Skip to main content

ASU Electronic Theses and Dissertations


This collection includes most of the ASU Theses and Dissertations from 2011 to present. ASU Theses and Dissertations are available in downloadable PDF format; however, a small percentage of items are under embargo. Information about the dissertations/theses includes degree information, committee members, an abstract, supporting data or media.

In addition to the electronic theses found in the ASU Digital Repository, ASU Theses and Dissertations can be found in the ASU Library Catalog.

Dissertations and Theses granted by Arizona State University are archived and made available through a joint effort of the ASU Graduate College and the ASU Libraries. For more information or questions about this collection contact or visit the Digital Repository ETD Library Guide or contact the ASU Graduate College at gradformat@asu.edu.


This thesis uses an aircraft aerodynamic model and propulsion data, which represents a configuration similar to the Airbus A320, to perform trade studies to understand the weight and configuration effects of “out-of-trim” flight during takeoff, cruise, initial approach, and balked landing. It is found that flying an aircraft slightly above the angle of attack or pitch angle required for a trimmed, stabilized flight will cause the aircraft to lose speed rapidly. This effect is most noticeable for lighter aircraft and when one engine is rendered inoperative. In the event of an engine failure, if the pilot does not pitch the …

Contributors
Delisle, Mathew Robert, Takahashi, Timothy, White, Daniel, et al.
Created Date
2018

This thesis explores the human factors effects pilots have when controlling the aircraft during the takeoff phase of flight. These variables come into play in the transitory phase from ground roll to flight, and in the initiation of procedures to abort a takeoff during the ground run. The FAA provides regulations for manufacturers and operators to follow, ensuring safe manufacture of aircraft and pilots that fly without endangering the passengers; however, details regarding accounting of piloting variability are lacking. Creation of a numerical simulation allowed for the controlled variation of isolated piloting procedures in order to evaluate effects on field …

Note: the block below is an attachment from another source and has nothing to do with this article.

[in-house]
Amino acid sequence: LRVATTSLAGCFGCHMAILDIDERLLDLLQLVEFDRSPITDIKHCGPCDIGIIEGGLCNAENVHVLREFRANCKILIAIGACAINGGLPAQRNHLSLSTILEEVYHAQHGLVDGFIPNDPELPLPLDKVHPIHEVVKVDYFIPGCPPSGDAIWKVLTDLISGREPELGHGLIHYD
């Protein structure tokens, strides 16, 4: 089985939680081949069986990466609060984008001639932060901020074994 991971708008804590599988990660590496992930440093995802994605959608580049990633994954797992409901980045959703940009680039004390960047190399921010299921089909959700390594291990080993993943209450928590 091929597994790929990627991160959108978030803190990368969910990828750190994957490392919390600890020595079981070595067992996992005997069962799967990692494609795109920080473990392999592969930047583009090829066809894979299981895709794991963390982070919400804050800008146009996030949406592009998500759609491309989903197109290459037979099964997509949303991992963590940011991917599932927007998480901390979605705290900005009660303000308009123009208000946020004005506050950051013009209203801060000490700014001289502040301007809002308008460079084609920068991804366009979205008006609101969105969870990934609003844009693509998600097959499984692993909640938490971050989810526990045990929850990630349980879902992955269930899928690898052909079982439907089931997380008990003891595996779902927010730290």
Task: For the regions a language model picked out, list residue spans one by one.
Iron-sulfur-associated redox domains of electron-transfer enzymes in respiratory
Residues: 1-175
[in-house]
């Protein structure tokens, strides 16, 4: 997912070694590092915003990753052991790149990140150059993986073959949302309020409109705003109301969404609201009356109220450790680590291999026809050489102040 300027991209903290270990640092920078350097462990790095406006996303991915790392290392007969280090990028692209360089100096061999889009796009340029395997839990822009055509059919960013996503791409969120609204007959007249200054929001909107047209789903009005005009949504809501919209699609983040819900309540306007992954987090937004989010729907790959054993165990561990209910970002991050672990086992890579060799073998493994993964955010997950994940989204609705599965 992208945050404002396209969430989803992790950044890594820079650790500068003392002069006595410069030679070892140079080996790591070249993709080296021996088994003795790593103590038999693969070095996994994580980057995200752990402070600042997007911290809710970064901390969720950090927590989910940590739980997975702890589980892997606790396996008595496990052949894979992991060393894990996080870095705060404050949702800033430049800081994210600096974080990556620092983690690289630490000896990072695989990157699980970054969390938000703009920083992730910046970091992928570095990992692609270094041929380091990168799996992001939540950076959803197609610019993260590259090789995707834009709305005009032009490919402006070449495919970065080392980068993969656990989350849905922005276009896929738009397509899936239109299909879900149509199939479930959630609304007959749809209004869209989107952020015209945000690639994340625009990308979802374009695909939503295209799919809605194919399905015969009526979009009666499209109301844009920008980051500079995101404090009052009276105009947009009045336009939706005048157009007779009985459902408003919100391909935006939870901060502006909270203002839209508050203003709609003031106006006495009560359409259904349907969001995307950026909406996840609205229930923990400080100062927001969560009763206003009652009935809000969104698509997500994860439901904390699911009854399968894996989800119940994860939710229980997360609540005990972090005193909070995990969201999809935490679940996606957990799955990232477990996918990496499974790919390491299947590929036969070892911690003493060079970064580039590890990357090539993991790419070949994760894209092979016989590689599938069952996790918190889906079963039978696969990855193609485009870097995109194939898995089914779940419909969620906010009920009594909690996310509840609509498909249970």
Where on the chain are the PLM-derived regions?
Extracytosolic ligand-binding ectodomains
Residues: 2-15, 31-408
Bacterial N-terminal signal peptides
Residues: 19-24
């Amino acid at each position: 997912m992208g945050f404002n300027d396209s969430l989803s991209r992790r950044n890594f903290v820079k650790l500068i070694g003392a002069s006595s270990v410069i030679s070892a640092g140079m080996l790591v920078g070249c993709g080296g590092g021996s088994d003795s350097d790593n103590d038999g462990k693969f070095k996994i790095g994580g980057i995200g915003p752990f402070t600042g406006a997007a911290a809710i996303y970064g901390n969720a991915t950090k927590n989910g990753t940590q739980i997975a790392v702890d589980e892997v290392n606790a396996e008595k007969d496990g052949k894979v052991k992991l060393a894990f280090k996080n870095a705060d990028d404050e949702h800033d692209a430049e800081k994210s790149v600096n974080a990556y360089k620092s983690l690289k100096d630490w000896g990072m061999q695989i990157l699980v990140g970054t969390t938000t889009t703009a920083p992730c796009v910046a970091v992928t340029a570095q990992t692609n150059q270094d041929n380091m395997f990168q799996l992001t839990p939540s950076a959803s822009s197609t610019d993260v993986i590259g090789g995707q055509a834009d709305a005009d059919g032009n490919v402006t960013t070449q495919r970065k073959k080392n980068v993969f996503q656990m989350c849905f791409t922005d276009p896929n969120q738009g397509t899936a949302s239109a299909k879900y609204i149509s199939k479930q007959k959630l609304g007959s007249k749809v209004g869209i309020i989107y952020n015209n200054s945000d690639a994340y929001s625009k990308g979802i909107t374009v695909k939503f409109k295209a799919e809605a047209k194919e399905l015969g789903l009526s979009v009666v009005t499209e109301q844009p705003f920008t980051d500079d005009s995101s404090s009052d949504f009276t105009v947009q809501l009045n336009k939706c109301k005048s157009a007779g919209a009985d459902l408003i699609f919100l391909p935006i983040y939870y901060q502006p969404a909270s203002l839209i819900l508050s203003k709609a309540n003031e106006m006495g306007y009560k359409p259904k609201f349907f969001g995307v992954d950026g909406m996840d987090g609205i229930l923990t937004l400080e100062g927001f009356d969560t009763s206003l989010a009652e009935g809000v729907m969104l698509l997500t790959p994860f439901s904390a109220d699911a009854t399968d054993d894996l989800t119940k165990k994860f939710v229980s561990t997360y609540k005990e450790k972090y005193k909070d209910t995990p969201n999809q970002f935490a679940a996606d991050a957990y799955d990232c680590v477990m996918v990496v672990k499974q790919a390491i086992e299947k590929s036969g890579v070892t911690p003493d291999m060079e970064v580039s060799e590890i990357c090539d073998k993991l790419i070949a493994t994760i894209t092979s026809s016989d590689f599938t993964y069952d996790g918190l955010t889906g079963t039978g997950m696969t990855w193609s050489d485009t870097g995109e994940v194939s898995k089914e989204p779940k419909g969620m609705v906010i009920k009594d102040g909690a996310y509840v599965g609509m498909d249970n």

Contributors
Wood, Donald Leland, Takahashi, Timothy T, Niemczyk, Mary, et al.
Created Date
2017

The aviation industry is considered to be the safest when it comes to transportation of people and property. The standards by which companies provide air transportation are held are very high. Nevertheless, a shortage in the number of pilots exists and companies must look for ways to meet demands. One of the ways to resolve this issue is to introduce unmanned systems on a broader scale – to transport people and property. The public’s perception regarding this issue has not been well documented. This survey identified what the public’s attitude is towards the use of these systems. One hundred fifty-seven …

Contributors
Wollert, Matthew Benjamin, Niemczyk, Mary, Nullmeyer, Robert, et al.
Created Date
2018

To ensure safety is not precluded in the event of an engine failure, the FAA has established climb gradient minimums enforced through Federal Regulations. Furthermore, to ensure aircraft do not accidentally impact an obstacle on takeoff due to insufficient climb performance, standard instrument departure procedures have their own set of climb gradient minimums which are typically more than those set by Federal Regulation. This inconsistency between climb gradient expectations creates an obstacle clearance problem: while the aircraft has enough climb gradient in the engine inoperative condition so that basic flight safety is not precluded, this climb gradient is often not …

Contributors
Beard, John Eng Hui, Takahashi, Timothy T, White, Daniel, et al.
Created Date
2017